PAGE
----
Zimbabwe gambling dens

[ English ]

The prospect of living in Zimbabwe is something of a risk at the moment, so you could imagine that there might be very little desire for visiting Zimbabwe’s casinos. In reality, it appears to be operating the opposite way around, with the awful market circumstances leading to a greater eagerness to wager, to attempt to locate a fast win, a way from the crisis.

For many of the locals subsisting on the abysmal local wages, there are two common styles of wagering, the state lotto and Zimbet. As with practically everywhere else in the world, there is a national lottery where the probabilities of winning are surprisingly small, but then the winnings are also remarkably large. It’s been said by financial experts who study the idea that many do not purchase a ticket with a real belief of profiting. Zimbet is founded on either the domestic or the English football leagues and involves predicting the results of future games.

Zimbabwe’s gambling halls, on the other hand, mollycoddle the astonishingly rich of the state and travelers. Until not long ago, there was a incredibly big vacationing business, founded on safaris and trips to Victoria Falls. The economic anxiety and associated bloodshed have carved into this market.

Amongst Zimbabwe’s gambling halls, there are two in the capital, Harare, the Carribea Bay Resort and Casino, which has 5 gaming tables and slot machines, and the Plumtree gambling hall, which has only slot machine games. The Zambesi Valley Hotel and Entertainment Center in Kariba also has just one armed bandits. Mutare contains the Monclair Hotel and Casino and the Leopard Rock Hotel and Casino, the pair of which offer gaming tables, slots and electronic poker machines, and Victoria Falls houses the Elephant Hills Hotel and Casino and the Makasa Sun Hotel and Casino, the pair of which has gaming machines and table games.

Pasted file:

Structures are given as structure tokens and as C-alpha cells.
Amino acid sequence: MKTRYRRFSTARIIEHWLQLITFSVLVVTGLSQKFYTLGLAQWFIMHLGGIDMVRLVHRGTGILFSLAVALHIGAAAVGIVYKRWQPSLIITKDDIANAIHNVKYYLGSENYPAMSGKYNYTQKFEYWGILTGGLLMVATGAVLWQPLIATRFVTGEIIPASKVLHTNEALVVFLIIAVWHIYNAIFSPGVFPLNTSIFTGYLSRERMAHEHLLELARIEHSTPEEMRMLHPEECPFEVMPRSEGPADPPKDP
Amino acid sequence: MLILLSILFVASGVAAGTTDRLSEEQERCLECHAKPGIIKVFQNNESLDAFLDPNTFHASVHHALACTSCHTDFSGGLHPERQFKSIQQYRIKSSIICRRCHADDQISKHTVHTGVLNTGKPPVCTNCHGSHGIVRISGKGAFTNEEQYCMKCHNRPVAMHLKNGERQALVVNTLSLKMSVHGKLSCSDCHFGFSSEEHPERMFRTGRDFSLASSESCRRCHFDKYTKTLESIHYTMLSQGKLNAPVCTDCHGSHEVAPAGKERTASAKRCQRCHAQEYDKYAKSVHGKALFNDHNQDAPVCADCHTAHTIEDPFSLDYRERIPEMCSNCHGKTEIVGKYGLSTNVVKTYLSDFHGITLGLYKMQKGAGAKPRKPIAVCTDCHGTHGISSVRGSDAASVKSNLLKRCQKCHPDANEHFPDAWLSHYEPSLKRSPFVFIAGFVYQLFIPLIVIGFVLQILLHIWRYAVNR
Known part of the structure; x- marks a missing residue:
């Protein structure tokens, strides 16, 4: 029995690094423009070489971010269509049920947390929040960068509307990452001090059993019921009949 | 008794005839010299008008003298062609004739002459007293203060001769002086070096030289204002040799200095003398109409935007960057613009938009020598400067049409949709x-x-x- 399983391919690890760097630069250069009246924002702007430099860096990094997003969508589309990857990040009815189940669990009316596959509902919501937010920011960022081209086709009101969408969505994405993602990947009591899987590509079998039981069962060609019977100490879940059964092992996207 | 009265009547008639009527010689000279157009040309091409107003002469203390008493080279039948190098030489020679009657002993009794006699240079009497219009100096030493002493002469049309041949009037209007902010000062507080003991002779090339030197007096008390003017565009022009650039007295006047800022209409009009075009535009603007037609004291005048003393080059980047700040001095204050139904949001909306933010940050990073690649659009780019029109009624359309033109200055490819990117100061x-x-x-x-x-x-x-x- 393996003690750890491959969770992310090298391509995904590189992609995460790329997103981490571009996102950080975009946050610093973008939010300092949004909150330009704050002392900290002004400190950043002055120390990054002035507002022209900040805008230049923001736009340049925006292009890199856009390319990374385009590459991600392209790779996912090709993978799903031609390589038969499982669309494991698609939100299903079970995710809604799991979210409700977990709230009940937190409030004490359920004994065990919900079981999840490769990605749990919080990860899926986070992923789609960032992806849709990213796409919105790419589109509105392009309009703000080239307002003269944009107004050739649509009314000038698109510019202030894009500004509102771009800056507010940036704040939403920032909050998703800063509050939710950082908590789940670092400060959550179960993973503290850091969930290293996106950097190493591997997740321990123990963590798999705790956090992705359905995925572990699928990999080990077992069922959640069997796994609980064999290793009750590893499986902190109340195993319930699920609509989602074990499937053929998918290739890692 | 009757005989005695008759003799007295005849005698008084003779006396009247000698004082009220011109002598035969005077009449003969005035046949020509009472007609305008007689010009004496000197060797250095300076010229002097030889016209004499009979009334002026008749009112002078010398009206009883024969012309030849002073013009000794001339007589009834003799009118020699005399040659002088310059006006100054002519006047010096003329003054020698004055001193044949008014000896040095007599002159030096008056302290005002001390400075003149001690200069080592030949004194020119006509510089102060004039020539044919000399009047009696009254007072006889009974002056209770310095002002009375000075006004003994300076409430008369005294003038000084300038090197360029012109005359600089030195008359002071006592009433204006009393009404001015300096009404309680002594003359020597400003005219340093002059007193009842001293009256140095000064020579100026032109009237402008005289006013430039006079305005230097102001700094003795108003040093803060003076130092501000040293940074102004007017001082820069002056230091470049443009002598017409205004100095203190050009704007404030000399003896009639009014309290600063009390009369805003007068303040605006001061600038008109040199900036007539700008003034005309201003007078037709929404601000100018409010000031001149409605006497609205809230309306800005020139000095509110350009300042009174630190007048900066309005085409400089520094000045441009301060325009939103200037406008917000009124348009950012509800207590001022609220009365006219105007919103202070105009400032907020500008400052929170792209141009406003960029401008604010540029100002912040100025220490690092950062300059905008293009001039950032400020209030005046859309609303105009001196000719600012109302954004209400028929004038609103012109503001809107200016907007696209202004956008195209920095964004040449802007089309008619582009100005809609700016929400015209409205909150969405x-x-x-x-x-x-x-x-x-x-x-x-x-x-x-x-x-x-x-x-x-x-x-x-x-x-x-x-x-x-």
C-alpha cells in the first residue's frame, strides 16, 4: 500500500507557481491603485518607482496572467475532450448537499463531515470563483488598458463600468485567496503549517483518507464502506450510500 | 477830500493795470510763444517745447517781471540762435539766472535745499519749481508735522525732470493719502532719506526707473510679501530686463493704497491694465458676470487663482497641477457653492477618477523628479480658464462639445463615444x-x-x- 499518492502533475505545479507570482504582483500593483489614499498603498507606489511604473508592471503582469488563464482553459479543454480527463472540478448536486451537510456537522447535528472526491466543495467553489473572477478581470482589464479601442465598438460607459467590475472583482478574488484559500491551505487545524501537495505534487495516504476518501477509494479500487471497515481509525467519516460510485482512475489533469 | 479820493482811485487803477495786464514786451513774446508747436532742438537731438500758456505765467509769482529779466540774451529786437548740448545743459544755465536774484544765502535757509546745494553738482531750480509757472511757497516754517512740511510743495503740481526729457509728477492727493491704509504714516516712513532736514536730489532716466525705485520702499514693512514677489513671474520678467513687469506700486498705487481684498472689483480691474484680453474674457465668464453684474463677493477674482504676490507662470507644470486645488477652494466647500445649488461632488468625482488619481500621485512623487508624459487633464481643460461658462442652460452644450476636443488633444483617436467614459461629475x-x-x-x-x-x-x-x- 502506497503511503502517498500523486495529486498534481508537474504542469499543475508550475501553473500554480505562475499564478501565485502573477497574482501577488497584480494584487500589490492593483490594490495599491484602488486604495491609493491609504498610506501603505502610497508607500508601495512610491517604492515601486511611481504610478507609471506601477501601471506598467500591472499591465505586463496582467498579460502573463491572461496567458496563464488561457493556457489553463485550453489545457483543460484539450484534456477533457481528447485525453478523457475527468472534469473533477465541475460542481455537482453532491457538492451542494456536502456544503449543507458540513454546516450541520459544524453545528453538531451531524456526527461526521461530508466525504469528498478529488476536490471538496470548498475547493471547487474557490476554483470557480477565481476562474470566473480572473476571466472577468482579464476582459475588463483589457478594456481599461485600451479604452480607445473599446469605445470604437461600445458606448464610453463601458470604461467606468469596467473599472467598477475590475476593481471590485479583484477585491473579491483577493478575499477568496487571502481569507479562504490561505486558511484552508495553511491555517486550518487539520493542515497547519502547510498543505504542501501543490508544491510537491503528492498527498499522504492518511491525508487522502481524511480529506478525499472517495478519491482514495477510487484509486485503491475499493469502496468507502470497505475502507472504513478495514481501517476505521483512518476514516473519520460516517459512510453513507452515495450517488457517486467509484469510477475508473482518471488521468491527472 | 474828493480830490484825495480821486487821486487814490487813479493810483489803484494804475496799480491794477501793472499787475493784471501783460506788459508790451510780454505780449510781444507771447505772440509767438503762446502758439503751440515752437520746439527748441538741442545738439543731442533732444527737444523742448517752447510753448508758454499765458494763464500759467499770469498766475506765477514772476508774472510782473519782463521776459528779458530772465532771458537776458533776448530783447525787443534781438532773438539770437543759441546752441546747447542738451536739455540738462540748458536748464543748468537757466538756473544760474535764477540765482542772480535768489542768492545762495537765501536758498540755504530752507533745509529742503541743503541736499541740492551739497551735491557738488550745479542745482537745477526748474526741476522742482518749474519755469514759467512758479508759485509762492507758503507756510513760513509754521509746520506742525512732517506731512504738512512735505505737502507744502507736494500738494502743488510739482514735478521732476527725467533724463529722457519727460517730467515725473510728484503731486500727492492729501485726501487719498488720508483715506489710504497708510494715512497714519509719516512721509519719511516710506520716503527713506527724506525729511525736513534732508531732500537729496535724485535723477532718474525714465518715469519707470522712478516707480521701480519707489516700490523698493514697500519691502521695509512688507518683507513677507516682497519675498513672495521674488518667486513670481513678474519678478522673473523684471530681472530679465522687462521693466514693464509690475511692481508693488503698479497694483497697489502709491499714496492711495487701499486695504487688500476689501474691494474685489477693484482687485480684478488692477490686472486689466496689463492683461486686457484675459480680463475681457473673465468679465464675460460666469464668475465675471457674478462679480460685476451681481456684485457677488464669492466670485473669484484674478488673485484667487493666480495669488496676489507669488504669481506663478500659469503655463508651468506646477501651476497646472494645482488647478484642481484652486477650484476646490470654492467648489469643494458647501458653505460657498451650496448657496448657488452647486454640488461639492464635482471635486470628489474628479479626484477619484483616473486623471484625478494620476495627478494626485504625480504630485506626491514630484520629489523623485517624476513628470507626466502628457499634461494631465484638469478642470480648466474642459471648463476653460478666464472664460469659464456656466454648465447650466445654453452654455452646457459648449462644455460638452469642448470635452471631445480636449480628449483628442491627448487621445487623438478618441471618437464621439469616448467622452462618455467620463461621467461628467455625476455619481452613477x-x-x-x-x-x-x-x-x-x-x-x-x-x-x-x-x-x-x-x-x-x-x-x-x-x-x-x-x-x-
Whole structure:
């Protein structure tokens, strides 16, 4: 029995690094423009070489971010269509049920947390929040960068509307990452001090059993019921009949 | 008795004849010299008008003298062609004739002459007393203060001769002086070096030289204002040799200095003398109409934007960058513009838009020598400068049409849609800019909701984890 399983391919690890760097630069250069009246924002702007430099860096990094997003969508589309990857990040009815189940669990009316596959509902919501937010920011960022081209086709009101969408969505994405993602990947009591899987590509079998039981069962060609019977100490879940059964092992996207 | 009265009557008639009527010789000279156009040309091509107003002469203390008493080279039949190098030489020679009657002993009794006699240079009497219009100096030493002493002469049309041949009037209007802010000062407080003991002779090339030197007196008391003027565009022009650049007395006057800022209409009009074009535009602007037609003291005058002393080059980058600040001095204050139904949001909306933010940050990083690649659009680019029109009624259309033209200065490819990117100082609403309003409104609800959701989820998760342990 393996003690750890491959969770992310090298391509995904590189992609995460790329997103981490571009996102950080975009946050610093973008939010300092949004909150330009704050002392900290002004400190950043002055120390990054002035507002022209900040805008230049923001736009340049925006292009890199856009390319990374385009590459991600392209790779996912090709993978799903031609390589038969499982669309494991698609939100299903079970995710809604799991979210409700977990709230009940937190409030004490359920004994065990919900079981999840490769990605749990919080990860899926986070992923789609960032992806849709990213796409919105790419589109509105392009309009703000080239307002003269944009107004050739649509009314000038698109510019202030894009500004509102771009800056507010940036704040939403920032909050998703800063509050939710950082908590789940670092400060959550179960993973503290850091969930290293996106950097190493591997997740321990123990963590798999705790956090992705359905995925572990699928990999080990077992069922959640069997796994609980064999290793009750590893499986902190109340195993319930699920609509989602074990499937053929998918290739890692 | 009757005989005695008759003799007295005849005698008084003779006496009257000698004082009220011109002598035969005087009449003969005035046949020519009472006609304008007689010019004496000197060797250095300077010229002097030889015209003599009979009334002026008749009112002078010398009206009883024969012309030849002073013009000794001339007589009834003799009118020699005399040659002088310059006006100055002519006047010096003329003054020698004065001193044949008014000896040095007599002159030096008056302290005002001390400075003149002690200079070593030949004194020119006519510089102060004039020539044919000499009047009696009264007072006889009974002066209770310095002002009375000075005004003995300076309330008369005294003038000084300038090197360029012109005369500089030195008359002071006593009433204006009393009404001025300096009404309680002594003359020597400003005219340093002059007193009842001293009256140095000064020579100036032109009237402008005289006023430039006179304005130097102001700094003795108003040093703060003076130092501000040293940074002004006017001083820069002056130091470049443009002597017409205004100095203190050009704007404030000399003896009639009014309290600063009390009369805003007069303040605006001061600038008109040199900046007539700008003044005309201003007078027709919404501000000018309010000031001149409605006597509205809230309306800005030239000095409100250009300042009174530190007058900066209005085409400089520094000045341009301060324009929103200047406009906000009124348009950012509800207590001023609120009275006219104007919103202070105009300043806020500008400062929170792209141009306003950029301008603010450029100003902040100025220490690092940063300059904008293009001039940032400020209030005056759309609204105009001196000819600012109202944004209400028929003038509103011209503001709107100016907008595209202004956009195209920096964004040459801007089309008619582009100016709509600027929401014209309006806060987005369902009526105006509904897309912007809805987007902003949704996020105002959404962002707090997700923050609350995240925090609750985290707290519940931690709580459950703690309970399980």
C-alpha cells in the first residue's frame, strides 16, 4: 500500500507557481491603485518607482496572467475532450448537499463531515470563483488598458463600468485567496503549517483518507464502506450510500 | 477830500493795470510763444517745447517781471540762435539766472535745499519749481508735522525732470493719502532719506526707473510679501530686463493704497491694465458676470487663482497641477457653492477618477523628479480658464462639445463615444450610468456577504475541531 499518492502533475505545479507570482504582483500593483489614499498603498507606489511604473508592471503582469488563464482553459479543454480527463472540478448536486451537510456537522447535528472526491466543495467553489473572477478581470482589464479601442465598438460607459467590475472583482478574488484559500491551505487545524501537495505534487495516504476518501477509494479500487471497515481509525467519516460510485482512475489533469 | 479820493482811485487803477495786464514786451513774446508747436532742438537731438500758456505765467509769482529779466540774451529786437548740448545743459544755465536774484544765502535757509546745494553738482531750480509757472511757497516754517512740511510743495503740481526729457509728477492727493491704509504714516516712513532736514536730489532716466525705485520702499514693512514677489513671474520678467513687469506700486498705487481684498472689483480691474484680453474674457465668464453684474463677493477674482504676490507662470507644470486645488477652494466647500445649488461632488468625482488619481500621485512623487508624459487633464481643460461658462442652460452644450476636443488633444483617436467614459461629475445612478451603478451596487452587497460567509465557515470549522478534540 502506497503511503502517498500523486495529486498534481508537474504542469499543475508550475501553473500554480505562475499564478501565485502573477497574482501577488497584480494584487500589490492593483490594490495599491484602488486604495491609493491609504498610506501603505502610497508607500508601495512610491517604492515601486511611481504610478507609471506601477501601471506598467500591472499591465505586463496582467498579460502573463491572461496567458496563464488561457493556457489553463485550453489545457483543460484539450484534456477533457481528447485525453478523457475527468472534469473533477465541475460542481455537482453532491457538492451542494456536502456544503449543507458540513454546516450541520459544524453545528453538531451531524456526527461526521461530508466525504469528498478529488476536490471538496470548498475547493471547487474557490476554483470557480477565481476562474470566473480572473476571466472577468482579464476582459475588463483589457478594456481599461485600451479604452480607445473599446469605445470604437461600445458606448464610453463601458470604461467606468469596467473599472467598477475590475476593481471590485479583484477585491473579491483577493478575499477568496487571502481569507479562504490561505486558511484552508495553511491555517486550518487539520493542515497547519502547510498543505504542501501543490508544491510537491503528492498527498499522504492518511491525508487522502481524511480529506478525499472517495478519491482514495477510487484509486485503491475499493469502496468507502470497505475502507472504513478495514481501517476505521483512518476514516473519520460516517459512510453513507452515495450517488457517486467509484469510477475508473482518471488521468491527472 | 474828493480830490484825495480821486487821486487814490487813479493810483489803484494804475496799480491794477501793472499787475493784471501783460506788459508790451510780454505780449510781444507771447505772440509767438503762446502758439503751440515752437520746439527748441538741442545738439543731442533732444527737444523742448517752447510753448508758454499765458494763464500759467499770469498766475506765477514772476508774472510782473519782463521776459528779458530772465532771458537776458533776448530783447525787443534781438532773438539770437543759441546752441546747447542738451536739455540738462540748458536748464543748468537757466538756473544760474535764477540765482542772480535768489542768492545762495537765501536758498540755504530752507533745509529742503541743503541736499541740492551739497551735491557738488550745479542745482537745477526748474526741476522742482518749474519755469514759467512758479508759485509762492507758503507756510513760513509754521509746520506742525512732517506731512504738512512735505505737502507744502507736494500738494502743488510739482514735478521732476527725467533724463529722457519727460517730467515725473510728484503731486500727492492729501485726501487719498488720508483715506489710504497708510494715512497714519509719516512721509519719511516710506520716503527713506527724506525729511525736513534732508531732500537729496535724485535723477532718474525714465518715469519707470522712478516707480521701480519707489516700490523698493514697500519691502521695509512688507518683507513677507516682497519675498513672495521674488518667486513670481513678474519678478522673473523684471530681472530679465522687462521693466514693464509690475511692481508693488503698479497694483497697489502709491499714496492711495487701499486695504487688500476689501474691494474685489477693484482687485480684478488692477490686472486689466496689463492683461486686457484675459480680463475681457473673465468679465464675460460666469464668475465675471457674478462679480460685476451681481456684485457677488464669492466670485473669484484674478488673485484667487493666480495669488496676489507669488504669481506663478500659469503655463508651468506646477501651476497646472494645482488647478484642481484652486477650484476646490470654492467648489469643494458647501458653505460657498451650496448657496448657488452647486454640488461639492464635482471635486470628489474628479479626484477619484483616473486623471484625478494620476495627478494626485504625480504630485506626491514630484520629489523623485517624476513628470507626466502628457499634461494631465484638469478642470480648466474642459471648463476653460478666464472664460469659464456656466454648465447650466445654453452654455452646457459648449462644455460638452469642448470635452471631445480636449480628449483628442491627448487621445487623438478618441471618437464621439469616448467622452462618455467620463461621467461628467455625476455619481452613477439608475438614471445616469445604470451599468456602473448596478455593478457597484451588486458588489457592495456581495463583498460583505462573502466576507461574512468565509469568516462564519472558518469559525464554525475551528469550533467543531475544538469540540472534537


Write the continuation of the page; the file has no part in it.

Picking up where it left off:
In addition to Zimbabwe’s gambling dens and the aforestated mentioned lottery and Zimbet (which is quite like a parimutuel betting system), there is a total of 2 horse racing tracks in the state: the Matabeleland Turf Club in Bulawayo (the second municipality) and the Borrowdale Park in Harare.

Seeing as that the economy has shrunk by more than 40% in recent years and with the connected deprivation and bloodshed that has cropped up, it isn’t understood how well the sightseeing business which supports Zimbabwe’s gambling dens will do in the near future. How many of the casinos will be alive till conditions improve is basically unknown.

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